Written on Tuesday, March 17th, 2009 with 52 Comments
I’m reading the excellent book “The Omnivore’s Dilemma” right now. For the past couple of years my wife and I have worked hard to buy more and more sustainable products in our lives. When I came to a passage describing how companies like Petaluma Farms abuse the use of the term “free range” as a term to advertise their chickens, I was stunned.
See, there’s no true definition to “free range”. It’s a nebulous term. But since I bought from Whole Foods, and they proudly present the Rosie as their prime product, I (very mistakenly) assumed it was done… right. I picture free range living as an environment free of wire cages, where the majority of the bird’s life is spent roaming, eating grass, grains, and other feed, etc.
According to Petaluma Farms’ website:
USDA standards allow any poultry with access to the outside – even a small, outdoor, concrete pad – to be labeled free range. Petaluma Poultry believes that free range chickens are raised in spacious poultry houses. Petaluma’s birds get approximately one square foot per bird, about 25% more space per bird than those raised in conventional poultry operations.
Now the average bird in a “conventional poultry operation” lives in a cage smaller than the size of a piece of 8.5×11 paper. Can’t expand it’s wings fully. Often can’t turn around. So in context, the additional 25% *might* actually let them turn around. Oh happy day.
Beginning at approximately four weeks of age, when the birds are fully feathered and able to withstand both exposure to the sun and cooler outside temperatures, the birds are allowed to roam outside of the house beginning about mid-morning, and are then ushered back inside the house around 5 pm.
This is better “spin” than when the Republican party introduced the “Clean Air Act”, a bill specifically designed to increase pollution levels. Incidentally, farmed chickens are typically slaughtered in their 6th or 7th week, so Petaluma is basically giving them about 14 or so half-days of sunshine and walking around as a perk. Notice that there’s no description nor pictures of the amount of space or grassy surface for walking around. It could be as small as a parking spot, and we have no idea if it’s dirt, concrete, grass, or swampland (the latter is unlikely). No pictures are on the site, and the lack of description is extremely telling.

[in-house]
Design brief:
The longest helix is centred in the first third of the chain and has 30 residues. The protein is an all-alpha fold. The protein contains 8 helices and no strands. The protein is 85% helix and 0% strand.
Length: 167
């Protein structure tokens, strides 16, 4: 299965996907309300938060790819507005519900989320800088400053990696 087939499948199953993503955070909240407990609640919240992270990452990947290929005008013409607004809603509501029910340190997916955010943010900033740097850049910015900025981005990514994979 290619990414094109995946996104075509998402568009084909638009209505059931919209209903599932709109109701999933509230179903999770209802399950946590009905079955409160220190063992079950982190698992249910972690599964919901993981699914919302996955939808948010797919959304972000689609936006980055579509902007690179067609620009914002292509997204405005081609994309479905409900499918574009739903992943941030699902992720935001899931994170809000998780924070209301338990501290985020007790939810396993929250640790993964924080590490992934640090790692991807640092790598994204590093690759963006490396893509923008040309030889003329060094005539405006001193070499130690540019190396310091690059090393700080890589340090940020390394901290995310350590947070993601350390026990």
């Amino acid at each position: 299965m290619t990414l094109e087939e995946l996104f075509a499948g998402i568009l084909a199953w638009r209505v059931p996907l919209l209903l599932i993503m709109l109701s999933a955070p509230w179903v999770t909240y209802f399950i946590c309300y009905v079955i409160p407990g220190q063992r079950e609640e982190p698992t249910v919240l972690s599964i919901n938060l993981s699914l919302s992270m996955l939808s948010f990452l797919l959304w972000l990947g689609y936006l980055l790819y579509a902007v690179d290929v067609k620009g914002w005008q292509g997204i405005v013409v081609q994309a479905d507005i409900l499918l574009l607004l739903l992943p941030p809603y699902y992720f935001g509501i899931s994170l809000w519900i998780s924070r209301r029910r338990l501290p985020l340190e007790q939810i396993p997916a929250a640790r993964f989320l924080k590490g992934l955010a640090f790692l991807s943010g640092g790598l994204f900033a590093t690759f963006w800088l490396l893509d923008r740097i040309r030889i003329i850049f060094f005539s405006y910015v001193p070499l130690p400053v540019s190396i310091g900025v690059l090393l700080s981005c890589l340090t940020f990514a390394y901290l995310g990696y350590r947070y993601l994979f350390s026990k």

I am contacting both Petaluma Farms and Whole Foods to inform them that I will no longer purchase this “product” (a term they both use to describe food I’m supposed to eat), and I hope some of you do the same.
My letter to Petaluma Farms:
Don’t you consider your marketing your factory farmed chickens as “free range” as not only manipulative, but damaging to the entire industry?
When I discovered your chickens spend most of their lives in a miserable cage, with a couple of weeks in the sun before slaughter, I was truly ashamed at all the money I’ve spent proudly buying your products.
Not another dime.
Incidentally, can you please add to your website some photos of your henhouse, including what it looks like fully occupied, and the outside “Free Range” area for the chickens to roam freely?
My letter to Whole Foods:
It has come to my attention that the “Rosie” brand chicken carried (at least) in Bay Area Whole Foods stores are far from the “free range” label implied in your stores. Perhaps you are not aware of this, but the vendor, Petaluma Farms, actually follows typical factory farming approaches to raising chickens, with a bare minimum effort to achieve some type of “Free Range” designation.
This is bait-and-switch at best, and outright deception at worst. On your “values” page, you claim “We have high standards and our goal is to sell the highest quality products we possibly can.” I hope this is the case, and I hope you are willing to investigate the practices of Petaluma Farms.
You clearly have the buying power to mandate change, or to change vendors. Also, my assumption is your customer base would rather shell out a few extra pennies knowing the food they are buying really is not only “natural” but raised in a more humane fashion. Not to mention the fact that properly raised chicken actually taste better!
I’ll follow-up if anything comes of it – I have high hopes, but extremely low expectations.